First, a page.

Thursday 4 December 2008

University Approach

Starting to collect some data on the university. A key finding is that walking is the primary way students get to university, something they do despite the effort the city goes to run them over. This is the Tyndall's Park Road/Woodland road junction.

Up until about 1992 this was open to cars, making Woodland road a high speed alternative to Whiteladies Road. It certainly made cycling down T-Park-Road trickier as cars were prone to pulling out in front of you while you came down at speed. Then the junction got closed of for a year or so while a storm drain was constructed underneath the city -car access never came back. Instead we got a road that is intermittently available to pedestrians and bikes. Currently the roadworks are being anti-bicycle. Cyclists dismount, the sign says. These signs are a stock requirement of all roadwork sites in Bristol, as the alternative would be thought and effort. If they could have a sign "pedestrians go away" they would use them too.

With the roadworks and the scaffolding truck, its a kind of edgy junction. You can get half way out and with no visibility, have to assume that when a car goes uphil (to the right in this picture), its safe to pull out. We are fortunate all students are fit as you need to be able to sprint across.

We are also grateful that most cars in Bristol don't deliberately set out to run over pedestrians and bicycles in their way. Here a car graciously slows down to avoid hitting a bicycle head on.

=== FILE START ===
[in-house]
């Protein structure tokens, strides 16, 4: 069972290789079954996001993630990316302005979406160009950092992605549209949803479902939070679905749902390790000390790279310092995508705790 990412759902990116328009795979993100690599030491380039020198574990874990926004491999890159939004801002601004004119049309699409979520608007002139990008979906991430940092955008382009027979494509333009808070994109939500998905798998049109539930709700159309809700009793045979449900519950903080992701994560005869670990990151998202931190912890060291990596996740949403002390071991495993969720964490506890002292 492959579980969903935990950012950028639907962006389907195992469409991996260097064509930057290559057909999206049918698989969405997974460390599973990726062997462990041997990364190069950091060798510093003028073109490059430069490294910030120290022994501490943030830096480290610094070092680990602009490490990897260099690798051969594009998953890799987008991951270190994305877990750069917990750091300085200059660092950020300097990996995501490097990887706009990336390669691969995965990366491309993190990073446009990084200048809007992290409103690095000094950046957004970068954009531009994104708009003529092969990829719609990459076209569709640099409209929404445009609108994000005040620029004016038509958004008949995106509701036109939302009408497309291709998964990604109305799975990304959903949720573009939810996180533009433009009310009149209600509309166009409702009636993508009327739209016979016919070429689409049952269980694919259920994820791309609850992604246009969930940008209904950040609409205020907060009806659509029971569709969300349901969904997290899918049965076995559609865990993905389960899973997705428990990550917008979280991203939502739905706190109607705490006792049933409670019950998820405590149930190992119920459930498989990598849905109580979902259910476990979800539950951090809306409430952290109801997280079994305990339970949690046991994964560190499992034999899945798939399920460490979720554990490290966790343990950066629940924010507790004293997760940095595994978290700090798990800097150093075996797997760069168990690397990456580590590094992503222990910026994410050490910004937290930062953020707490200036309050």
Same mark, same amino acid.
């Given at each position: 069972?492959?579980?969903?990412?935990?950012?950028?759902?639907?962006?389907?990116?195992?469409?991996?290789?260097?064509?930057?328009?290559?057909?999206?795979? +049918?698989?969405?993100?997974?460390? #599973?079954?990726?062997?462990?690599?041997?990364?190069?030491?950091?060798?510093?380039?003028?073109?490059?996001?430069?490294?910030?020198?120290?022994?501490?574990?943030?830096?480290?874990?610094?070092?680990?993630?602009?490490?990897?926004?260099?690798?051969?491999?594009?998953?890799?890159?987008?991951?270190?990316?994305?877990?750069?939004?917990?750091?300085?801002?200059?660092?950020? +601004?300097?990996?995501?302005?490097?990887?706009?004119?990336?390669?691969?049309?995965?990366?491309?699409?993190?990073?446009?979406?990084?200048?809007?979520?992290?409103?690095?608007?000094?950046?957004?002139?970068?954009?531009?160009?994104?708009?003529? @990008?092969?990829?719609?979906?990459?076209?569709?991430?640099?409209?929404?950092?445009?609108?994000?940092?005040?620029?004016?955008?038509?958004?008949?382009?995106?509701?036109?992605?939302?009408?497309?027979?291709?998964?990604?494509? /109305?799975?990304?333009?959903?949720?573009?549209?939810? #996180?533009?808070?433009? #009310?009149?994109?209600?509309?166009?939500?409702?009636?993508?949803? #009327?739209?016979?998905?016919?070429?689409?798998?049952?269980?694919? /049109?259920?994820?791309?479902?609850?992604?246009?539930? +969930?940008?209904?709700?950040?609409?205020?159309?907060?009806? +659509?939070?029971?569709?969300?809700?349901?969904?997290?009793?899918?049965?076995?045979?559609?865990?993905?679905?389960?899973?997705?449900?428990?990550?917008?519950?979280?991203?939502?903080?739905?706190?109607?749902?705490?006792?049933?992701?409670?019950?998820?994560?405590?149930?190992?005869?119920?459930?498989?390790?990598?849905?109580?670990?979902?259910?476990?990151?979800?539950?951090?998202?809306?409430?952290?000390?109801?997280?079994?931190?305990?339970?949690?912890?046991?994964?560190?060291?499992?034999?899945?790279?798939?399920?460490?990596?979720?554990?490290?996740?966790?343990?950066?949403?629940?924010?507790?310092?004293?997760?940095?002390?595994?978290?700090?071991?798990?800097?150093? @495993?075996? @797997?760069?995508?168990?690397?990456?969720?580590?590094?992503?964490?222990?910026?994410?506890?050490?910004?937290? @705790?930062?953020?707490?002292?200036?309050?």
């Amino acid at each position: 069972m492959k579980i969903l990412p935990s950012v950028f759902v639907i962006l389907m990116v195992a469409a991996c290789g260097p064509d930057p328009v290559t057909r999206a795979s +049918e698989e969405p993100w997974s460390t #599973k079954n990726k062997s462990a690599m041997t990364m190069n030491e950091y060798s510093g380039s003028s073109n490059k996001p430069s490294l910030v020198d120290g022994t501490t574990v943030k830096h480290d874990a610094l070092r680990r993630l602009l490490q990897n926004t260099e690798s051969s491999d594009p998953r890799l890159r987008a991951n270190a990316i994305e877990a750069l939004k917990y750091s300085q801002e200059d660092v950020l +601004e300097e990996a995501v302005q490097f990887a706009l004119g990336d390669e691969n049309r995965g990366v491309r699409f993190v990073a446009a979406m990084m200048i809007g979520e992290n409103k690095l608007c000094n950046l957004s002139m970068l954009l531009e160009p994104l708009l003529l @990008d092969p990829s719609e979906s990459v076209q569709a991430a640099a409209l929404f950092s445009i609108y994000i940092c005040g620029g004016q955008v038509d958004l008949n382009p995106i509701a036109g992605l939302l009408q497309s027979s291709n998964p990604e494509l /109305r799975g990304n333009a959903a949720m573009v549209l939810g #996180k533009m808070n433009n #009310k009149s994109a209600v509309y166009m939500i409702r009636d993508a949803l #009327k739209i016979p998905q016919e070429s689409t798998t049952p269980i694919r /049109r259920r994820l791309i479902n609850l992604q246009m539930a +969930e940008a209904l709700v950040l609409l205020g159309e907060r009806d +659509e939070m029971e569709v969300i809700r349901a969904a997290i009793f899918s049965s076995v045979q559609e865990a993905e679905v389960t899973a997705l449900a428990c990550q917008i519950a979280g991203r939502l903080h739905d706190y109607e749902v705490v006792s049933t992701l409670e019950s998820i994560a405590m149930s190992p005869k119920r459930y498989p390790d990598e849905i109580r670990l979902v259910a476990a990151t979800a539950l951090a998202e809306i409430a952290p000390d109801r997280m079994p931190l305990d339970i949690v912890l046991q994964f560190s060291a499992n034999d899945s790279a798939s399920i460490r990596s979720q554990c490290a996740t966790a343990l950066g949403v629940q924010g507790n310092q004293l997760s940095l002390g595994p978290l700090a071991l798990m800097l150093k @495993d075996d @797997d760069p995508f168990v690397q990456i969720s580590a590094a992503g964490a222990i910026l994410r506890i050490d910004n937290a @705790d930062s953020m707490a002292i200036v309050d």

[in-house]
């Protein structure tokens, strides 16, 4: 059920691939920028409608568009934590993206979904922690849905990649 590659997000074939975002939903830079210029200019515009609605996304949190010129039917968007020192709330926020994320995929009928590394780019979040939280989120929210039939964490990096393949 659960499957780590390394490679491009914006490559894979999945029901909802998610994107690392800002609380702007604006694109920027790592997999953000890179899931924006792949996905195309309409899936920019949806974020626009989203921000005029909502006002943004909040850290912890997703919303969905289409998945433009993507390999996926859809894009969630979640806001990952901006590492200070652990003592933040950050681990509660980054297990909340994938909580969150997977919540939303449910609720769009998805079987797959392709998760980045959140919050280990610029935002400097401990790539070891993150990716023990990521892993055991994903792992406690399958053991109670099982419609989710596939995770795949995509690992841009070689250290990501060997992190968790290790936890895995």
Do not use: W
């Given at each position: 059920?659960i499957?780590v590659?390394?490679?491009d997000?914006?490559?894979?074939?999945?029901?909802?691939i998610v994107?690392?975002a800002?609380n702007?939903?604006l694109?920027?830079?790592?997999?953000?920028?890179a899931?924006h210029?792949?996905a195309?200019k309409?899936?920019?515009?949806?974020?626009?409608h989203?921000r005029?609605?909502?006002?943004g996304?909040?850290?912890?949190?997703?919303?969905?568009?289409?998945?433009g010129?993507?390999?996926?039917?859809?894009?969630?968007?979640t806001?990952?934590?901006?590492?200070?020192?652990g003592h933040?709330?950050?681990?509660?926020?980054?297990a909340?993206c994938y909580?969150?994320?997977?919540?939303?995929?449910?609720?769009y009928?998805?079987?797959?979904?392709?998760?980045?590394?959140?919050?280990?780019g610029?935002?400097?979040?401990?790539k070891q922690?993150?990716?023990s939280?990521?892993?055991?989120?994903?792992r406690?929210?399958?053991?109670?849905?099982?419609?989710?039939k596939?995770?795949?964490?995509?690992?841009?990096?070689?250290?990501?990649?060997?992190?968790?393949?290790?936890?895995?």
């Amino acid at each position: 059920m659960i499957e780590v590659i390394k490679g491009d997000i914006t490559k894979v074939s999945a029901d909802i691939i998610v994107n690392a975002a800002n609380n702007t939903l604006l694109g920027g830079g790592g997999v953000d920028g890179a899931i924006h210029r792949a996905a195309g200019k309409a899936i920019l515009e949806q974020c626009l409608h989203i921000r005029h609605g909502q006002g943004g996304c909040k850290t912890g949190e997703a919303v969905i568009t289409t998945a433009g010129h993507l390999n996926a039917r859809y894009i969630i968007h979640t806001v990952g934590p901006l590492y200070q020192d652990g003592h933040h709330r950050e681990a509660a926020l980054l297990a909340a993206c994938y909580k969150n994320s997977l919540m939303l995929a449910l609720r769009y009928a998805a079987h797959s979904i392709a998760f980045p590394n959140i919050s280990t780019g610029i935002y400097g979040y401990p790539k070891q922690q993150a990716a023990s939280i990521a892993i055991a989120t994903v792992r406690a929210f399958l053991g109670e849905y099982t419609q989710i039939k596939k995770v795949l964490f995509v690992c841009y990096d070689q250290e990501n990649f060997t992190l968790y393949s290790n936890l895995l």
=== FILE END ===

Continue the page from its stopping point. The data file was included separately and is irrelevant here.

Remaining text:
Where are the students going? To their 9am lectures. Where are they coming from? The halls of residence, other side of the Downs. This junction is not only part of Sustrans national network route 4, it is the primary by-foot commute for a few thousand students. Clearly it is not felt necessary to provide safe road crossings here. Further up the hill, there is a zebra crossing, but that will be replaced at considerable expense by a light controlled crossing so that buses can regain priority over pedestrians.


Chris Hutt said...

Wooodland road to the north of Tyndall's Park Road was closed off to motor traffic in the late 80s I think, long before the drainage works occupied the site.

There was originally a central refuge on T P Road which allowed walkers and cyclists to make the crossing in tow stages, taking account of only one direction of traffic at a time, which is much easier.

Then (I think around 2000) the Council in its wisdom took out the central refuge and extended the footways at either side instead. This greatly complicated the problem of crossing the road since walkers and cyclists have to wait for gaps in the traffic from both directions to coincide.

This is a hugely important route for cyclists and pedestrians (despite the efforts of the council to degrade it) and the lack of a safe and convenient crossing here is a disgrace.

Anonymous said...

Is it me or is 'Cyclists Dismount' A really silly sign that should be banned. Mercifully there is only one local to us: To obey I'd have to stop my bike on a hill and in an entrance, walk over the road, stop in another entrance and start, again on a hill. Not only am I longer in danger on the road, I'm inconveniencing people on each side.

Fortunately Germany are sensible people by and large: everyone ignores the sign.

WestfieldWanderer said...

Typical Sustrans route then. Half baked and inadequately implemented. A box ticking exercise by the council.

"Cyclists Dismount" signs. They're rectangular which, the Highway Code tells us, means that they are advisory only. Which means that you can ignore them at will. They're there as a legal arse covering exercise by the council. Another box ticked. Nothing to do with the real world - council officers and politicians can't cope with that sort of thing - no boxes to tick...